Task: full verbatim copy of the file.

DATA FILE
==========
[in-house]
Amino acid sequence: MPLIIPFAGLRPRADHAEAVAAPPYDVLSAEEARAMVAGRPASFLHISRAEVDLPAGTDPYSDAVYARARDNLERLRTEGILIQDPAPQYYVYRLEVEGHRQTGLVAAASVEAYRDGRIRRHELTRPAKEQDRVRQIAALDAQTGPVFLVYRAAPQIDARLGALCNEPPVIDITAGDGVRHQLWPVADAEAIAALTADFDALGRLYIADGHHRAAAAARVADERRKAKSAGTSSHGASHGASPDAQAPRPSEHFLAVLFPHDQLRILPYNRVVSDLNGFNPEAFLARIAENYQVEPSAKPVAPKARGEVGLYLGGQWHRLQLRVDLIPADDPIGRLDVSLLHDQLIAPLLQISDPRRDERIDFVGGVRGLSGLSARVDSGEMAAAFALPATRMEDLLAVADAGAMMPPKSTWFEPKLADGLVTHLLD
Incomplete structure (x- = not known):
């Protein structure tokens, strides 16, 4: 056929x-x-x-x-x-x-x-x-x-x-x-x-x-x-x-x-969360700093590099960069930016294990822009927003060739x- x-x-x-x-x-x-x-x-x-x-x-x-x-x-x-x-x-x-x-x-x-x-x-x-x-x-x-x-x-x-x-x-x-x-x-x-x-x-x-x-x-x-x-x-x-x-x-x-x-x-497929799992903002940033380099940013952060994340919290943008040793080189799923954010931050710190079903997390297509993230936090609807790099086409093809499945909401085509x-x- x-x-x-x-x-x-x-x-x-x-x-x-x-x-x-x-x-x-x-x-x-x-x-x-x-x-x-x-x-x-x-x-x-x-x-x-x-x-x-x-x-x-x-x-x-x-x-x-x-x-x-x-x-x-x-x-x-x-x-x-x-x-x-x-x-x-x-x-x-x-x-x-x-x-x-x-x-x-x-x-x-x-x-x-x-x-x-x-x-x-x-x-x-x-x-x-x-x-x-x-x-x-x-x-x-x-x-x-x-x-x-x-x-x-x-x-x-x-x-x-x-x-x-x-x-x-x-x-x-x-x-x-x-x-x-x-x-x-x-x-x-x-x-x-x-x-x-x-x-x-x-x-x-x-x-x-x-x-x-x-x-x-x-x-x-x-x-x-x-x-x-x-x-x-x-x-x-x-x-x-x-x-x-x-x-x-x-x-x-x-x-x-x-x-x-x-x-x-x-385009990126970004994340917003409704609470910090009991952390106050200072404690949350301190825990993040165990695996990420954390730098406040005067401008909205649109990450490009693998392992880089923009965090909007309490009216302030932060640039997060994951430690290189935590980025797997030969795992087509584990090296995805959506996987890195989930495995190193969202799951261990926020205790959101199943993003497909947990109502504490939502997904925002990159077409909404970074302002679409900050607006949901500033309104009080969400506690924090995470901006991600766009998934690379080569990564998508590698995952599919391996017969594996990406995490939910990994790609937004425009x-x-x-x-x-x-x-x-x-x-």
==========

[in-house]
Amino acid sequence: MPLIIPFAGLRPRADHAEAVAAPPYDVLSAEEARAMVAGRPASFLHISRAEVDLPAGTDPYSDAVYARARDNLERLRTEGILIQDPAPQYYVYRLEVEGHRQTGLVAAASVEAYRDGRIRRHELTRPAKEQDRVRQIAALDAQTGPVFLVYRAAPQIDARLGALCNEPPVIDITAGDGVRHQLWPVADAEAIAALTADFDALGRLYIADGHHRAAAAARVADERRKAKSAGTSSHGASHGASPDAQAPRPSEHFLAVLFPHDQLRILPYNRVVSDLNGFNPEAFLARIAENYQVEPSAKPVAPKARGEVGLYLGGQWHRLQLRVDLIPADDPIGRLDVSLLHDQLIAPLLQISDPRRDERIDFVGGVRGLSGLSARVDSGEMAAAFALPATRMEDLLAVADAGAMMPPKSTWFEPKLADGLVTHLLD
Incomplete structure (x- = not known):
């Protein structure tokens, strides 16, 4: 056929x-x-x-x-x-x-x-x-x-x-x-x-x-x-x-x-969360700093590099960069930016294990822009927003060739x- x-x-x-x-x-x-x-x-x-x-x-x-x-x-x-x-x-x-x-x-x-x-x-x-x-x-x-x-x-x-x-x-x-x-x-x-x-x-x-x-x-x-x-x-x-x-x-x-x-x-497929799992903002940033380099940013952060994340919290943008040793080189799923954010931050710190079903997390297509993230936090609807790099086409093809499945909401085509x-x- x-x-x-x-x-x-x-x-x-x-x-x-x-x-x-x-x-x-x-x-x-x-x-x-x-x-x-x-x-x-x-x-x-x-x-x-x-x-x-x-x-x-x-x-x-x-x-x-x-x-x-x-x-x-x-x-x-x-x-x-x-x-x-x-x-x-x-x-x-x-x-x-x-x-x-x-x-x-x-x-x-x-x-x-x-x-x-x-x-x-x-x-x-x-x-x-x-x-x-x-x-x-x-x-x-x-x-x-x-x-x-x-x-x-x-x-x-x-x-x-x-x-x-x-x-x-x-x-x-x-x-x-x-x-x-x-x-x-x-x-x-x-x-x-x-x-x-x-x-x-x-x-x-x-x-x-x-x-x-x-x-x-x-x-x-x-x-x-x-x-x-x-x-x-x-x-x-x-x-x-x-x-x-x-x-x-x-x-x-x-x-x-x-x-x-x-x-x-x-385009990126970004994340917003409704609470910090009991952390106050200072404690949350301190825990993040165990695996990420954390730098406040005067401008909205649109990450490009693998392992880089923009965090909007309490009216302030932060640039997060994951430690290189935590980025797997030969795992087509584990090296995805959506996987890195989930495995190193969202799951261990926020205790959101199943993003497909947990109502504490939502997904925002990159077409909404970074302002679409900050607006949901500033309104009080969400506690924090995470901006991600766009998934690379080569990564998508590698995952599919391996017969594996990406995490939910990994790609937004425009x-x-x-x-x-x-x-x-x-x-």